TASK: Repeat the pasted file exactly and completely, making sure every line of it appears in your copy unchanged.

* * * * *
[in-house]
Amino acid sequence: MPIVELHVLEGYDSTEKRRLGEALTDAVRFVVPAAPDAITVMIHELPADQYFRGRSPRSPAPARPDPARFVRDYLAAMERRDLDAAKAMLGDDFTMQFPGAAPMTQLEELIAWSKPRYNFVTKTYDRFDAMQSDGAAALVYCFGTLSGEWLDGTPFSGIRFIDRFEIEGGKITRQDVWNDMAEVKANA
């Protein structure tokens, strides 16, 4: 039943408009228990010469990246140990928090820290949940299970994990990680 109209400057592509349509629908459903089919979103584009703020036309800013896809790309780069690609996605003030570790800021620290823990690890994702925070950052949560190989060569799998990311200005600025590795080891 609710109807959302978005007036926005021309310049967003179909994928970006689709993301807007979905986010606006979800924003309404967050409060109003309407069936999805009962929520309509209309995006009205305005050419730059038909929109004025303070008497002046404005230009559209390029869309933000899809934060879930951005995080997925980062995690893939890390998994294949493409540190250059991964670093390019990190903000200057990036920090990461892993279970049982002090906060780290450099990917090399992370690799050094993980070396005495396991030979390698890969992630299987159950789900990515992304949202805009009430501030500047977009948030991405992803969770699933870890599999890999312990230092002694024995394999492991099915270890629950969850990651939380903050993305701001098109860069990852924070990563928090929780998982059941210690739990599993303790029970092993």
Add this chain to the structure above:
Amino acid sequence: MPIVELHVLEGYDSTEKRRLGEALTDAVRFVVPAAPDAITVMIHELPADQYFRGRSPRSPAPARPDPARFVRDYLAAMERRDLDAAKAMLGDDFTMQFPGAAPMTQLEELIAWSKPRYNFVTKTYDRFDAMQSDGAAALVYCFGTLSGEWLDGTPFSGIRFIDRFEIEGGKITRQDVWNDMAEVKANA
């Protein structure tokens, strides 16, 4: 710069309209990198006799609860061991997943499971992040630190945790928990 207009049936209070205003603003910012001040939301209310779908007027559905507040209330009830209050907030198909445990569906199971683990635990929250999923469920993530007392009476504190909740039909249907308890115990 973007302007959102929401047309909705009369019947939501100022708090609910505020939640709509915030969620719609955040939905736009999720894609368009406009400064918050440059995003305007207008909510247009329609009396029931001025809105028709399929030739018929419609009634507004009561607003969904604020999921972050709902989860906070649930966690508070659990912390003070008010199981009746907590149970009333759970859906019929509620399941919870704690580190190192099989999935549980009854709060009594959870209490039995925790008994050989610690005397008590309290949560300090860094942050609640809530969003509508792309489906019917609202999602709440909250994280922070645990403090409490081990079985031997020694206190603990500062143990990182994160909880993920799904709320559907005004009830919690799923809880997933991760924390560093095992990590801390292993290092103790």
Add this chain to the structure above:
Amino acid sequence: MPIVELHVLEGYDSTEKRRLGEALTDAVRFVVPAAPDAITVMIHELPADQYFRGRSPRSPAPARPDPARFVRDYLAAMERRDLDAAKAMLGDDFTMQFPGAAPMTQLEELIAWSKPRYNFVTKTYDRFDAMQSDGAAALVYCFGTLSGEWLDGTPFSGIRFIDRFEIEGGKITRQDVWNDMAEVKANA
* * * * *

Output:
[in-house]
Amino acid sequence: MPIVELHVLEGYDSTEKRRLGEALTDAVRFVVPAAPDAITVMIHELPADQYFRGRSPRSPAPARPDPARFVRDYLAAMERRDLDAAKAMLGDDFTMQFPGAAPMTQLEELIAWSKPRYNFVTKTYDRFDAMQSDGAAALVYCFGTLSGEWLDGTPFSGIRFIDRFEIEGGKITRQDVWNDMAEVKANA
């Protein structure tokens, strides 16, 4: 039943408009228990010469990246140990928090820290949940299970994990990680 109209400057592509349509629908459903089919979103584009703020036309800013896809790309780069690609996605003030570790800021620290823990690890994702925070950052949560190989060569799998990311200005600025590795080891 609710109807959302978005007036926005021309310049967003179909994928970006689709993301807007979905986010606006979800924003309404967050409060109003309407069936999805009962929520309509209309995006009205305005050419730059038909929109004025303070008497002046404005230009559209390029869309933000899809934060879930951005995080997925980062995690893939890390998994294949493409540190250059991964670093390019990190903000200057990036920090990461892993279970049982002090906060780290450099990917090399992370690799050094993980070396005495396991030979390698890969992630299987159950789900990515992304949202805009009430501030500047977009948030991405992803969770699933870890599999890999312990230092002694024995394999492991099915270890629950969850990651939380903050993305701001098109860069990852924070990563928090929780998982059941210690739990599993303790029970092993």
Add this chain to the structure above:
Amino acid sequence: MPIVELHVLEGYDSTEKRRLGEALTDAVRFVVPAAPDAITVMIHELPADQYFRGRSPRSPAPARPDPARFVRDYLAAMERRDLDAAKAMLGDDFTMQFPGAAPMTQLEELIAWSKPRYNFVTKTYDRFDAMQSDGAAALVYCFGTLSGEWLDGTPFSGIRFIDRFEIEGGKITRQDVWNDMAEVKANA
């Protein structure tokens, strides 16, 4: 710069309209990198006799609860061991997943499971992040630190945790928990 207009049936209070205003603003910012001040939301209310779908007027559905507040209330009830209050907030198909445990569906199971683990635990929250999923469920993530007392009476504190909740039909249907308890115990 973007302007959102929401047309909705009369019947939501100022708090609910505020939640709509915030969620719609955040939905736009999720894609368009406009400064918050440059995003305007207008909510247009329609009396029931001025809105028709399929030739018929419609009634507004009561607003969904604020999921972050709902989860906070649930966690508070659990912390003070008010199981009746907590149970009333759970859906019929509620399941919870704690580190190192099989999935549980009854709060009594959870209490039995925790008994050989610690005397008590309290949560300090860094942050609640809530969003509508792309489906019917609202999602709440909250994280922070645990403090409490081990079985031997020694206190603990500062143990990182994160909880993920799904709320559907005004009830919690799923809880997933991760924390560093095992990590801390292993290092103790």
Add this chain to the structure above:
Amino acid sequence: MPIVELHVLEGYDSTEKRRLGEALTDAVRFVVPAAPDAITVMIHELPADQYFRGRSPRSPAPARPDPARFVRDYLAAMERRDLDAAKAMLGDDFTMQFPGAAPMTQLEELIAWSKPRYNFVTKTYDRFDAMQSDGAAALVYCFGTLSGEWLDGTPFSGIRFIDRFEIEGGKITRQDVWNDMAEVKANA